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Banking Newsletter - December 2012

We cover regulation, customer/channel trends, ATO liquidity charges, consumer protection, Sibos conference and results from major banks and mutuals.

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Banking Newsletter - December 2012

Young professionals: A wake up call for retail banking 

As young professionals become a key demographic driving the bottom line, retail banks need to continually rethink the way they attract and retain customers or risk being left behind.

If you think of customer demographics as a ‘pipeline',  you can picture a young person entering the pipe and passing through life phases such as consumer, saver, borrower and investor.

 

With this in mind, it's clear that young professionals joining the workforce today will drive retail banking revenues tomorrow. Getting what this group wants ‘right’ will differentiate the winners and losers in retail banking. A study by KPMG in Australia provides insights into what tomorrow’s sophisticated banking customers will expect.

 

KPMG surveyed 1300 plus 18 to 24 year-olds working at the firm nationally. The research explored how this demographic feels about their branch banking, social media, and what a 'great bank' would look like.

 

The future of branches
Just 10 percent of survey respondents ranked a branch among the three ways they would like to interact with their bank. One in five actually said they cannot see themselves ever using a branch in the future. Convenience drove this response, since time-strapped young professionals find branch banking too time-consuming.

 

But will consumers really deposit their money or discuss complex products with a bank that lacks a 'high street' presence? When KPMG pursued these themes, we found that young professionals are not concerned whether their bank had a physical location. Instead, they are drawn by the quality of a bank’s digital capabilities. And when it comes to discussing complex financial matters, they prefer for the “bank to come to me, at work or at home.”

 

Bankers as social media gurus?

While this demographic loves social media, our research revealed the contrary when it comes to banking. Sixty-five percent of respondents said they would not want their bank to interact with them through social media (another 20 percent said they were 'unsure'). “Social media is leisure… I want to separate my personal and business life,” observed one study participant.

 

The great bank of the future
When asked what a “great” bank looks like, this demographic emphasised security, low cost and a great customer experience ⁹ with a few twists on these traditional retail banking value drivers:

 

  • Security: Young professionals embrace technology, but are concerned about security. Recognising the data privacy and fraud risks of online and mobile payments technology, they place value on a bank that can address this. A "great bank" will ensure robust security, for competitive advantage.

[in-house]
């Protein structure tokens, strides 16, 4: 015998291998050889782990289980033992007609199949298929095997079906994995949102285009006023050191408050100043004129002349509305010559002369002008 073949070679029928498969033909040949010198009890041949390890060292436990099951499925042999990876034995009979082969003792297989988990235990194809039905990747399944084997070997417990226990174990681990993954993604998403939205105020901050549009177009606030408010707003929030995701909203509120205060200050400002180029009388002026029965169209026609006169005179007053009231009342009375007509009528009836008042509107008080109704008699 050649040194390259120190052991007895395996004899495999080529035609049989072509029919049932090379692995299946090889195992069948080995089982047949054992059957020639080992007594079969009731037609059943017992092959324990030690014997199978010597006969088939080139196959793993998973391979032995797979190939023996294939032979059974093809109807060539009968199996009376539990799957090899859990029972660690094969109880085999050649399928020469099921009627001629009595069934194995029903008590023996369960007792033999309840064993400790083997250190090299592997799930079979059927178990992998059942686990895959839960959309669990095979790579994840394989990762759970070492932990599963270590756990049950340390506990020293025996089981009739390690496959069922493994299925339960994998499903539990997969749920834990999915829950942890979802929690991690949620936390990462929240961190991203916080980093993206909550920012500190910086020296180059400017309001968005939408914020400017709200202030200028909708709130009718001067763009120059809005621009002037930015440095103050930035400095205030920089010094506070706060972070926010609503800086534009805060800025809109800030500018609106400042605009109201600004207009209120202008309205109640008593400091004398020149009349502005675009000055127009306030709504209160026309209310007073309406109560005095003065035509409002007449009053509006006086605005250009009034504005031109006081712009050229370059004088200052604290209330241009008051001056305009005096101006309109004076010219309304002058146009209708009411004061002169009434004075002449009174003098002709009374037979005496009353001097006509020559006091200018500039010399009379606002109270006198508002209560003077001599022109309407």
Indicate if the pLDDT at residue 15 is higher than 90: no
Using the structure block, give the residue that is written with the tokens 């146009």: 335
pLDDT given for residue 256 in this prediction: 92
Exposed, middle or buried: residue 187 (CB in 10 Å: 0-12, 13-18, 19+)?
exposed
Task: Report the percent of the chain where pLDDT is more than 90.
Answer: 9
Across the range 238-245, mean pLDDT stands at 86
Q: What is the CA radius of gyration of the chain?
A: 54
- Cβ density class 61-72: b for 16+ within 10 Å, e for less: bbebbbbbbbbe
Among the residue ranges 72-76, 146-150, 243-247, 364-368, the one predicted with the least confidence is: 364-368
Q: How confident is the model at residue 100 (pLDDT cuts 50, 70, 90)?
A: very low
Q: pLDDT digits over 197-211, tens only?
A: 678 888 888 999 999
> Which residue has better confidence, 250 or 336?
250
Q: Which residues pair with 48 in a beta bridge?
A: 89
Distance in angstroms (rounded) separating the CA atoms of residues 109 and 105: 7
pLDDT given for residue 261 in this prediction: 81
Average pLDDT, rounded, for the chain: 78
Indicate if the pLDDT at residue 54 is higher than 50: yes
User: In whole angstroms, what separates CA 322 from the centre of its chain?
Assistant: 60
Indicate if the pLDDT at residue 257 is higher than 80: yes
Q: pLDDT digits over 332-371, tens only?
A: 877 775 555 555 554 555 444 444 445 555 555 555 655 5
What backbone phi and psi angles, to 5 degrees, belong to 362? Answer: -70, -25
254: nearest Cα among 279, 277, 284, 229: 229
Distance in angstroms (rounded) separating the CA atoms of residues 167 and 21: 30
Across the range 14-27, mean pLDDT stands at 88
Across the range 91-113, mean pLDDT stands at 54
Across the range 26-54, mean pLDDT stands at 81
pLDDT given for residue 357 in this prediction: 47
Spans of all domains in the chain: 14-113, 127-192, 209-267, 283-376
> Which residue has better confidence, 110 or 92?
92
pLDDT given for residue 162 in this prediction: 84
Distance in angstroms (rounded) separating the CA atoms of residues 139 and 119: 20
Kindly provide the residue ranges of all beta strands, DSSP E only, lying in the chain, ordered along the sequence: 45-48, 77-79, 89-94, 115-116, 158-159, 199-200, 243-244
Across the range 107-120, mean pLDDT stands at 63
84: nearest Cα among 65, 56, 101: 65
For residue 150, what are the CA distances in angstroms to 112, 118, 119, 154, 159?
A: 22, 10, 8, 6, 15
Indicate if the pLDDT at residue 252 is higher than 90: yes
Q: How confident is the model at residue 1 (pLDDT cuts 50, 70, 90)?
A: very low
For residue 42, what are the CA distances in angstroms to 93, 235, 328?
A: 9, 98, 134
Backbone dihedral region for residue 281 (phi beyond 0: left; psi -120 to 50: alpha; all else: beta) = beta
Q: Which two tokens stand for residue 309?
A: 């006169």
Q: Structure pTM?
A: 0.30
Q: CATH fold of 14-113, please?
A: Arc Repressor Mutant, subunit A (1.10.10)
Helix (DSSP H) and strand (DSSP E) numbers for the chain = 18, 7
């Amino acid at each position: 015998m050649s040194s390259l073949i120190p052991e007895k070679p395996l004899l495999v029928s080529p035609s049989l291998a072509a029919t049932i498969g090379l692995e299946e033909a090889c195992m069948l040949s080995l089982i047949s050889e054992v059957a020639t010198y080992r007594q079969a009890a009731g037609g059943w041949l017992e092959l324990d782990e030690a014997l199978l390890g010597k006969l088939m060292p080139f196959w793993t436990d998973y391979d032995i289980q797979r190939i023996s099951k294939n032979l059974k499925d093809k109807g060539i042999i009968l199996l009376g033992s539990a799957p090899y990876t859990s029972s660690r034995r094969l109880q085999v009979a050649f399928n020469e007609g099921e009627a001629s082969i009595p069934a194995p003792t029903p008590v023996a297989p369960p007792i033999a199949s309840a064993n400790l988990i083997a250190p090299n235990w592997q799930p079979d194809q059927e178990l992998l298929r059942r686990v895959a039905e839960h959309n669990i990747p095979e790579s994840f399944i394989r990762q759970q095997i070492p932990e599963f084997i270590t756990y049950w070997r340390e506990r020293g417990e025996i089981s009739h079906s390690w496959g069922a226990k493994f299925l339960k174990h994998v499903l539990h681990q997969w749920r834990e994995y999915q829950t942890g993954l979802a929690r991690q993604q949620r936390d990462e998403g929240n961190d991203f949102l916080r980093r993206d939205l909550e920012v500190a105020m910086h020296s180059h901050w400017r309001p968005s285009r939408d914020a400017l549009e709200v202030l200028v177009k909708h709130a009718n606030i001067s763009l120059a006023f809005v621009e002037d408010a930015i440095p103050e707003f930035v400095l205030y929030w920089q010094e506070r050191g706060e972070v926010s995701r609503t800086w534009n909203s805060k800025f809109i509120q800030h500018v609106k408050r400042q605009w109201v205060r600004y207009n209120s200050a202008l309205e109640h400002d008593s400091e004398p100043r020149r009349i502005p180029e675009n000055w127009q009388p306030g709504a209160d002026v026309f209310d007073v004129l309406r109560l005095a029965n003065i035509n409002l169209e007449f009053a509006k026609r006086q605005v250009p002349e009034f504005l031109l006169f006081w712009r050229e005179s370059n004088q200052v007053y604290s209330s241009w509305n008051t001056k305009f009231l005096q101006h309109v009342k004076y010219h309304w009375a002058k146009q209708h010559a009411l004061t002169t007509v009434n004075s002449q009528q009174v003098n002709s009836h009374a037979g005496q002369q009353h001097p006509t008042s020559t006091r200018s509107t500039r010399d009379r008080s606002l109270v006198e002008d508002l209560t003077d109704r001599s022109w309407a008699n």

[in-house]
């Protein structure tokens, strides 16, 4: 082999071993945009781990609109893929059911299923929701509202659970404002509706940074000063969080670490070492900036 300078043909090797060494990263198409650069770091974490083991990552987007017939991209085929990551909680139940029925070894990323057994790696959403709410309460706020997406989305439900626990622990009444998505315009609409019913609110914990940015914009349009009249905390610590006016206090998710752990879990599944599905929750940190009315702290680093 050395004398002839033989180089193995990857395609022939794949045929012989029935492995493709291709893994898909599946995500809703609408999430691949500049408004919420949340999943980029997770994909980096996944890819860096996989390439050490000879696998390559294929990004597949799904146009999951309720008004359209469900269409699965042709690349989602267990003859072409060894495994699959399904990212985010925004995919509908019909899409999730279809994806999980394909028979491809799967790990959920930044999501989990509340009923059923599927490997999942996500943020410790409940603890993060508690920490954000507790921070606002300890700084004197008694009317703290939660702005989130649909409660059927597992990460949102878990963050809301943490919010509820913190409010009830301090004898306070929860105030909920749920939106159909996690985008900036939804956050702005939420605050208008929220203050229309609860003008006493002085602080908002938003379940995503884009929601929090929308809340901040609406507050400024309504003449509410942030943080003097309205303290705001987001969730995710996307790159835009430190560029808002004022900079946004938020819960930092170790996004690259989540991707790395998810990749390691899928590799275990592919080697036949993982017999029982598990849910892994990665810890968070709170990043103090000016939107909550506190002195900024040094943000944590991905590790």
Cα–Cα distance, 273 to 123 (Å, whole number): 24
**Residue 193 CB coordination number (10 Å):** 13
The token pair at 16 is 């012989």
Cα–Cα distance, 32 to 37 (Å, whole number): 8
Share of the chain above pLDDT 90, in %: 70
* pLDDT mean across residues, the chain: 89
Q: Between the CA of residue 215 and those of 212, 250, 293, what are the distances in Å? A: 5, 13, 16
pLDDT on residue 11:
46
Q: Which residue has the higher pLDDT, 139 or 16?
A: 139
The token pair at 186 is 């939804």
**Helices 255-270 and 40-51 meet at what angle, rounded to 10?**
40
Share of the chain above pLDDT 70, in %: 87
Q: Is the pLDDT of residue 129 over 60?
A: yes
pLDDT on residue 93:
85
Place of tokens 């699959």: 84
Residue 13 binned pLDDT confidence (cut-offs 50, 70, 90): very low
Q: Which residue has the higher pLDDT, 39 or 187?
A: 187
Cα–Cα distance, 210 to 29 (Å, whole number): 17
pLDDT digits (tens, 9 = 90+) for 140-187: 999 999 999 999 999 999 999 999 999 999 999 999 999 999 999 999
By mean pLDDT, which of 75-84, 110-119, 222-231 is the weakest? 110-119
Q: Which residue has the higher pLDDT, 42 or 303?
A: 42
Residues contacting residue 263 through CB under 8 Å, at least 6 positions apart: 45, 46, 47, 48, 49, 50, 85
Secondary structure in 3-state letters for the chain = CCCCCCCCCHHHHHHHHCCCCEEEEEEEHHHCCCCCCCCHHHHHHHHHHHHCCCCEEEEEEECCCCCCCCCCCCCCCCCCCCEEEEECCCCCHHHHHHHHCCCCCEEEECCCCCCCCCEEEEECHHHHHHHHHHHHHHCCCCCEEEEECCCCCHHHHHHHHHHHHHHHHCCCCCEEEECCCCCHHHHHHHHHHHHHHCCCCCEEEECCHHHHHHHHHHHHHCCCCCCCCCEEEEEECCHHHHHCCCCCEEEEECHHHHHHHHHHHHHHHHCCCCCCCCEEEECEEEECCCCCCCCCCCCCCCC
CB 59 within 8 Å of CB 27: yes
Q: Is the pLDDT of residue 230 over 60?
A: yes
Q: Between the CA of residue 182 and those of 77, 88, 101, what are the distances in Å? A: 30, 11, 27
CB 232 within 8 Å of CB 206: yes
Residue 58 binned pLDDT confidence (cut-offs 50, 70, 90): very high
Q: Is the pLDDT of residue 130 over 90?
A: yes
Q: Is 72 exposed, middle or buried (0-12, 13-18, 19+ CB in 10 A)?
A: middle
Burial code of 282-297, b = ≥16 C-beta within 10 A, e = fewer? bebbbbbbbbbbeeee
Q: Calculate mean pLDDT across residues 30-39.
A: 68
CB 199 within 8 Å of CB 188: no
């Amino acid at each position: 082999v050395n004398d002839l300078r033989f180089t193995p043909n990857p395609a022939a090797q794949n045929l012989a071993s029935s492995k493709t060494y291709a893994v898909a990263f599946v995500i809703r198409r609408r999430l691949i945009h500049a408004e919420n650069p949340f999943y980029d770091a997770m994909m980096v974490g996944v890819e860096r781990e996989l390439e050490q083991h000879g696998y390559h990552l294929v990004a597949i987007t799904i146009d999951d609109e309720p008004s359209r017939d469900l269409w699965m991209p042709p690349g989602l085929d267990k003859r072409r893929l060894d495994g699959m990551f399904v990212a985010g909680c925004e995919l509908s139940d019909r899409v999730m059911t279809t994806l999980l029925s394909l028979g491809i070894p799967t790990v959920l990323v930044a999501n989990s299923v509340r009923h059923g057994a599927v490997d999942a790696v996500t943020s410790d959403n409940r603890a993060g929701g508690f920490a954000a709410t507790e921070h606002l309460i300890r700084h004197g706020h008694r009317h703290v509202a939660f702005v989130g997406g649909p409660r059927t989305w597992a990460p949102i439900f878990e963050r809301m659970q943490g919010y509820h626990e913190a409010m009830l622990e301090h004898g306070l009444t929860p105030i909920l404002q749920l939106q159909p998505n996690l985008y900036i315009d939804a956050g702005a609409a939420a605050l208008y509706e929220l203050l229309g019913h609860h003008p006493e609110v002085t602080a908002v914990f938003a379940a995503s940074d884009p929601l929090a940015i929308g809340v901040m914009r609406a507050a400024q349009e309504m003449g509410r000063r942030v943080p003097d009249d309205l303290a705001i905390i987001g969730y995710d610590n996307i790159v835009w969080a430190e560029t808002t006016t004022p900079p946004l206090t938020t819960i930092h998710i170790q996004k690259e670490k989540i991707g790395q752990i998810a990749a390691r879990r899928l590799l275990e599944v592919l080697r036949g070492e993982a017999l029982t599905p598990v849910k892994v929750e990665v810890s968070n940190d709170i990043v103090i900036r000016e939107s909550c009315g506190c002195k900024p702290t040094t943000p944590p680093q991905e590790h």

• Low cost: This generation shows great price sensitivity, albeit in unconventional ways. Just 1.6 percent expect low or no-fee accounts at a great bank. Thirty-six percent of respondents rated unfair fees as a major determining factor in what a 'great' bank of the future would look like. What this tells strategists is; young professionals are rational, they understand that they have to pay fees for the service being provided to them, but they do not want to pay for what they perceive to be 'unfair' fees. In the context of the competitive retail banking landscape, this could potentially be a lever for gaining market share.
  • Customer experience: Young professionals believe a great customer experience goes beyond simply 'getting it right' and 'being nice'. A 'great bank' is proactive and delivers services outside the branch, with direct and convenient access to teams of knowledgeable staff, familiar with products and client needs. They desire simple, self-service solutions that share insights and information held by the bank.

 

As young professionals become a significant revenue driver, retail banks must consider their distinctive priorities and preferences. Listening to the voices that echo from the demographic pipeline will differentiate a great bank of tomorrow from those that will be left behind.

 

Daniel Knoll

Daniel Knoll
Partner and Retail Banking Centre of Excellence Leader

+61 2 9455 9148

danielknoll@kpmg.com.au

Bernie Crowe

Bernie Crowe
Director, Business Performance Services

+61 2 9335 7667

berniecrowe@kpmg.com.au

Gaelan Bloomfield

Gaelan Bloomfield
Senior Consultant,
Business Performance Services

+61 2 9335 7770

gbloomfield@kpmg.com.au

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